These articles were published in the Spectacular Slovakia travel guide, published annually by The Slovak Spectator since 1996. The latest editions can be obtained from our online shop.



Historical melting pot of cultures

By Zuzana Habšudová

    
 
 Courtesy Mayor's Office

Stefan Holčík knows Bratislava (or Pressburg, Preslava, Braslava, or Wilson City). As the director of the Slovak National Archaeological Museum - a modest getup under the Bratislava castle - he speaks passionately about the storied history of his native city and its many name changes, especially to those who evince a true interest.

The Slovak Spectator (TSS): When was Bratislava settled?

Štefan Holčik (ŠH): The town was founded sometime around the 13th century by German colonists. There were previous inhabitants, but they made no fortifications, no town hall, no streets.

TSS: What are the most significant historical sites in Bratislava?

ŠH: Most were uncovered around the Bratislava castle. Archaeologists dug up brick buildings from the 9th century. Below the castle hill, ruins of a rotund were found near the church of Saint Mikuláš. Also, the foundations of a 13th century church still exist under Saint Martin's cathedral.

    
 
 photo: Ján Svrček

Under Saint Anna's chapel are the remains of a 13th century 'karmer', used for storing bones taken from graves. There were not enough cemeteries in town, so people were often buried in the same place. When older bones were discovered during a new burial, they were thrown into the karmer.

TSS: How did Bratislava became the capital of Slovakia?

ŠH: Until the end of World War II, this town was neither Slovak nor Slavic. Maybe 1% of the inhabitants spoke Slovak, while a majority of them spoke German or Hungarian.

The Czechoslovak Republic was founded in 1918, but the city still belonged to the Hungarians until January 1, 1919. Then, Czech legionaries, supported by the Italians, invaded and took the town.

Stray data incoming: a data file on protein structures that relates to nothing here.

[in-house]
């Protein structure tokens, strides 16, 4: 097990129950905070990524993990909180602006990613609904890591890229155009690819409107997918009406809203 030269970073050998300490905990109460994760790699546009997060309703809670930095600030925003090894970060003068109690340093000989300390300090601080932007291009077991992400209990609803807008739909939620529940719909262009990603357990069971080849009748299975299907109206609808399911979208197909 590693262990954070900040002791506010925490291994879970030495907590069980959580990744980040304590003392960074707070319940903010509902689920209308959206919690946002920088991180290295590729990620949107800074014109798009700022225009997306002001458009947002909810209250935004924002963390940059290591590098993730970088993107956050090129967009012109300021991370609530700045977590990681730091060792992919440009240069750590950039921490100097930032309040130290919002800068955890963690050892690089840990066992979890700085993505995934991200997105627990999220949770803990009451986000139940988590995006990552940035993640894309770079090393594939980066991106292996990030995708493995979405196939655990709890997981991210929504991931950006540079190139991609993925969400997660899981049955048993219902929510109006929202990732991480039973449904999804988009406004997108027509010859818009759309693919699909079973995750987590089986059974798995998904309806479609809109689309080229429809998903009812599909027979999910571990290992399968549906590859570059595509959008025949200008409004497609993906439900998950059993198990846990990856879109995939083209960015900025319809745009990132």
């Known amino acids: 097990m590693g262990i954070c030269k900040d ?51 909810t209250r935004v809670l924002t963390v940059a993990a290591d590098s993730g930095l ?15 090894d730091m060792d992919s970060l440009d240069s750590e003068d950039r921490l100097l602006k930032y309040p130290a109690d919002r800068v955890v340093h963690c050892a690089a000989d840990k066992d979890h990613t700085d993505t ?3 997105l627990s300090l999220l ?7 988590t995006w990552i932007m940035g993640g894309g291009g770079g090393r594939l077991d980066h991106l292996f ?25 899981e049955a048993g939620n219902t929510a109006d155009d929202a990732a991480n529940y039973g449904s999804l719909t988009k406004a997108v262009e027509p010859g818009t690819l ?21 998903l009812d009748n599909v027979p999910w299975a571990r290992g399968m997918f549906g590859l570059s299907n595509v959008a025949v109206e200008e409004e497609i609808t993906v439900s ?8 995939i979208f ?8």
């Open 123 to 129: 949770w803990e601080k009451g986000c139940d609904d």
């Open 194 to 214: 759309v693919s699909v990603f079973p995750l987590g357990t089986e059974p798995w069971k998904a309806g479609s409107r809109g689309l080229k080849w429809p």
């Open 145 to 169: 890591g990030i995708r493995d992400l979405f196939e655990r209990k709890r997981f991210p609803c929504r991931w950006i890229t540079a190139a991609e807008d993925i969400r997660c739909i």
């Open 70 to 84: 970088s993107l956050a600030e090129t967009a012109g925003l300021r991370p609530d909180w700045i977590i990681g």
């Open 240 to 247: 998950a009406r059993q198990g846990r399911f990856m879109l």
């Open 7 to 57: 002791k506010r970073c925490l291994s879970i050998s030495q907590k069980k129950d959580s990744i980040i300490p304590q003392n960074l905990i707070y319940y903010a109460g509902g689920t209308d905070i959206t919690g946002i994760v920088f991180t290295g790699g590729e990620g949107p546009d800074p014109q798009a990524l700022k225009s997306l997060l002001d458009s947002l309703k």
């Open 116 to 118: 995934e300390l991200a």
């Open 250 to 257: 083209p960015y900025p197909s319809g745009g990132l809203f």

The inhabitants were not at all happy about this. They hoped that the city would become an independent territory like San Marino, Liechtenstein or Luxembourg. After all, it had its own harbour on the Danube, it could live separately without being a part of Hungary, Austria or Czechoslovakia. But the Czechoslovak Republic wanted the city, as it was the only good harbour on the Danube.

The republic became stronger and the inhabitants were forced to swear their loyalty to the new republic. Many refused and had to leave. But many others who had lived here for generations and spoke only German agreed. Those who left were replaced by Czech intellects and academics. Descendants of those Czechs still live here, but few of them even realise their grandparents were Czech. All of us who live in this town are basically newcomers.

    
 
 photo: Ján Svrček

TSS: So are you saying that Bratislava has no pure Slovaks?

ŠH: At the moment, perhaps it does. But originally it was a German town.

TSS: German? Wasn't it also a Hungarian town?

ŠH: It was the capital of the Hungarian monarchy, but that does not mean ethnic Hungarian. The old Hungary had more nationalities, and Hungarians were actually a minority compared to the Slavs, Croats, Germans, Jews, Rusyns.

TSS: During what period did the town enjoy its greatest population boom?